Researchers from King's College London (KCL) claim to have uncovered a link between a molecular scaffold, that allows for interaction between key components of a cell, and the debilitating effects of neurodegenerative diseases. It is possible in the long term that this line of research will yield a new target for tailored treatment in the fight against devastating afflictions such as dementia and motor neuron disease.
The team made the discovery by observing two components of a cell, the mitochondria and the endoplasmic reticulum (ER). The mitochondria is an organelle that produces the majority of the chemical energy used by the cell via the production of adenosine triphosphate. The role of the ER is to make protein and store calcium, which is needed by the cell for signalling processes. It has been discovered that many important functions within a cell are carried out via an interaction between these two cell components.
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Until recently, it was not fully established as to what was responsible for the bond between the mitochondria and the ER. However the team from KCL discovered that the ER created protein VAPB binds with the mitochondrial protein known as PTPIP51 to create a molecular scaffold. This allows for a close association between the two organelles. Furthermore it was found that by increasing the concentration of the two proteins, the researchers could make the bonds grow tighter, thus proving the relationship between the proteins and the molecular scaffold.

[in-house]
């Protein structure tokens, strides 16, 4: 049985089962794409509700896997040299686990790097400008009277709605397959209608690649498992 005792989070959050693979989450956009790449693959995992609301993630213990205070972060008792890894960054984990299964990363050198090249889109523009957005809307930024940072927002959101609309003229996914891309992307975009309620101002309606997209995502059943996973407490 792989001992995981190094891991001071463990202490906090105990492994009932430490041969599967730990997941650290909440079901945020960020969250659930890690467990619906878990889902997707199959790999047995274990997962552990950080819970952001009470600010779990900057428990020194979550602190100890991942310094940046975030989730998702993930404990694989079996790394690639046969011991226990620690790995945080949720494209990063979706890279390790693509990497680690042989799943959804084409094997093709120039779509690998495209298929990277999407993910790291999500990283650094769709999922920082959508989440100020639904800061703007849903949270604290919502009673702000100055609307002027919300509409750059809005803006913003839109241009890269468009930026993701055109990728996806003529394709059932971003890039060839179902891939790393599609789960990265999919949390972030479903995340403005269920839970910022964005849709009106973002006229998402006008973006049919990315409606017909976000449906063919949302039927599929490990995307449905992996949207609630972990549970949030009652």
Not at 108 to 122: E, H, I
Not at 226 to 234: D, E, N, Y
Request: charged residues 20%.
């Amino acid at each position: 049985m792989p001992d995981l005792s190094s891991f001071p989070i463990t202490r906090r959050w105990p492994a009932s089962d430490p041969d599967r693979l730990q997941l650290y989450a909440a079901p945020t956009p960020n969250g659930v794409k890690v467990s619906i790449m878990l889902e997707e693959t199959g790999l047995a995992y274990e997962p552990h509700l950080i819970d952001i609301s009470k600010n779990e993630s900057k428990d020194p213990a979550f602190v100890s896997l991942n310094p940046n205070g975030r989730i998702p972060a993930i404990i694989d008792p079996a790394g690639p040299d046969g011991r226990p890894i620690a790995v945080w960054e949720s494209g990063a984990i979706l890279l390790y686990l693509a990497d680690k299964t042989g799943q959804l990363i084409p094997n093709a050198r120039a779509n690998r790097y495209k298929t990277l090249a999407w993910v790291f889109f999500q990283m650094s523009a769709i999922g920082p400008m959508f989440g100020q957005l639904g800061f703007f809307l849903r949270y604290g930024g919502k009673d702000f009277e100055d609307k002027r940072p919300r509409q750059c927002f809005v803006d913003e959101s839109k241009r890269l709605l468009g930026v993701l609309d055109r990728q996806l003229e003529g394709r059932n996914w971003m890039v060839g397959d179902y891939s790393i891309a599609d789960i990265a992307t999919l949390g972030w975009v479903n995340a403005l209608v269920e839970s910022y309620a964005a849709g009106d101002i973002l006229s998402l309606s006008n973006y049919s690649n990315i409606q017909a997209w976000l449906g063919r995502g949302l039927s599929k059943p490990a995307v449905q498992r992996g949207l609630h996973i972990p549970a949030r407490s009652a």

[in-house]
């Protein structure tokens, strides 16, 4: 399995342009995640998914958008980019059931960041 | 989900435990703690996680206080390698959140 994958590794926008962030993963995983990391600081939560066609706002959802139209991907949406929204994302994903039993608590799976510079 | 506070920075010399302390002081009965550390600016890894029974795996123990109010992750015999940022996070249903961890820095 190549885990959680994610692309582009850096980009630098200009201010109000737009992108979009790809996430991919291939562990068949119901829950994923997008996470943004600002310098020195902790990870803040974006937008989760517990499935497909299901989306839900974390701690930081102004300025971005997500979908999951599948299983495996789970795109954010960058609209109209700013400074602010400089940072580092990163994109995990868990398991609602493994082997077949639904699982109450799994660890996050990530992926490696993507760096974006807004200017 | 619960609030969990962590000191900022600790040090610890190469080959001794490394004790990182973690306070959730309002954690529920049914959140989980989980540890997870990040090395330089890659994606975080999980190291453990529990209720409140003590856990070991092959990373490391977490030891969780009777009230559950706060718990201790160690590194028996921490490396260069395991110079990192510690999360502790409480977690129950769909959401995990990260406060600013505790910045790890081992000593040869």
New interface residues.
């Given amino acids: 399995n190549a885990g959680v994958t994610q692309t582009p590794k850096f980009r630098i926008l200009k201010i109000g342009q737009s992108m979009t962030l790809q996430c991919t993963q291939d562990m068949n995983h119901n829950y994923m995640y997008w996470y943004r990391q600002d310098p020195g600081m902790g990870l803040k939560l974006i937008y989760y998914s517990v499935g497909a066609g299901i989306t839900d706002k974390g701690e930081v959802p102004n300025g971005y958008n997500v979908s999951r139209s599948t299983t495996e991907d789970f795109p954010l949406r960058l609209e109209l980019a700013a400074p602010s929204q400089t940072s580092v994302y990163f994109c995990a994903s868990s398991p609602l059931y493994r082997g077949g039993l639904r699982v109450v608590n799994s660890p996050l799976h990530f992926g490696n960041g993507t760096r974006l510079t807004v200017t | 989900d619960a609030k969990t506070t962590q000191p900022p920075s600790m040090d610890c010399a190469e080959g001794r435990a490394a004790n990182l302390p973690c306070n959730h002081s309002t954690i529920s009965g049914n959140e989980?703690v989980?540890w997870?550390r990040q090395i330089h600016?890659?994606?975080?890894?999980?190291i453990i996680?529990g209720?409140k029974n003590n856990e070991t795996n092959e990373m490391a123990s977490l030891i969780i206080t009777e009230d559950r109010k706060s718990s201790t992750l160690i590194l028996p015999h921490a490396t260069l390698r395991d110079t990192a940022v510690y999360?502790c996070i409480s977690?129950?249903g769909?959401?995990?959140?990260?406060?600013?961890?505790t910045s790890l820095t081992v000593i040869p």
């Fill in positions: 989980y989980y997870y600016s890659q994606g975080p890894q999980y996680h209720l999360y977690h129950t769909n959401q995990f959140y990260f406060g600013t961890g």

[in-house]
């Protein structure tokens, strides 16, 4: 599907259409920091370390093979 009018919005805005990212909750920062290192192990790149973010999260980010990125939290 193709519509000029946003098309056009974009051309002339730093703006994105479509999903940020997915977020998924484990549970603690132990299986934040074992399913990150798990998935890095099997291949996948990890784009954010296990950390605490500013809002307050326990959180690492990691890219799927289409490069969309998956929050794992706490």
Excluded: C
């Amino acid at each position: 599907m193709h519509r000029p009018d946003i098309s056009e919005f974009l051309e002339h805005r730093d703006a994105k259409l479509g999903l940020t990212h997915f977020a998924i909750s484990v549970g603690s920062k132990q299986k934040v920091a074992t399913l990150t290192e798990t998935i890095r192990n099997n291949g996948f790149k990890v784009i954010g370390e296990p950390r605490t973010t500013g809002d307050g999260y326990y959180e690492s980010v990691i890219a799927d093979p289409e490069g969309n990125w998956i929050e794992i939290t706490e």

"At the molecular level, many processes go wrong in dementia and motor neuron disease, and one of the puzzles we’re faced with is whether there is a common pathway connecting these different processes" states Professor Chris Miller, a member of the Department of Neuroscience at KCL and lead author of the paper on the team's findings. "Our study suggests that the loosening of this ‘scaffold’ between the mitochondria and ER in the cell may be a key process in neurodegenerative diseases such as dementia or motor neuron disease."
When an individual is suffering from a neurodegenerative disease, the bonds between the mitochondria and the ER are disrupted, with the result that many of the vital functions carried out via the symbiosis of the mitochondria and the ER are also undermined. With this in mind the researchers observed how the cells of a mouse were affected by the addition of TDP-43, a protein linked to both Amyotrophic Lateral Sclerosis, a form of motor neuron disease, and Fronto-Temporal Dementia, the second most common form of dementia.
It was discovered that the introduction of TDP-43 caused a significant loosening in the molecular scaffolding that binds the mitochondria and the ER, causing the disruption in cell function that comes as the inevitable product of a disease such as dementia. In light of the team's recent findings, future research may attempt to create a targeted drug to combat the breakdown of the scaffold, with the long term aim of creating new, targeted courses of treatment to combat these degenerative diseases.
The research has been published in the journal Nature Communications.
Source: King's College London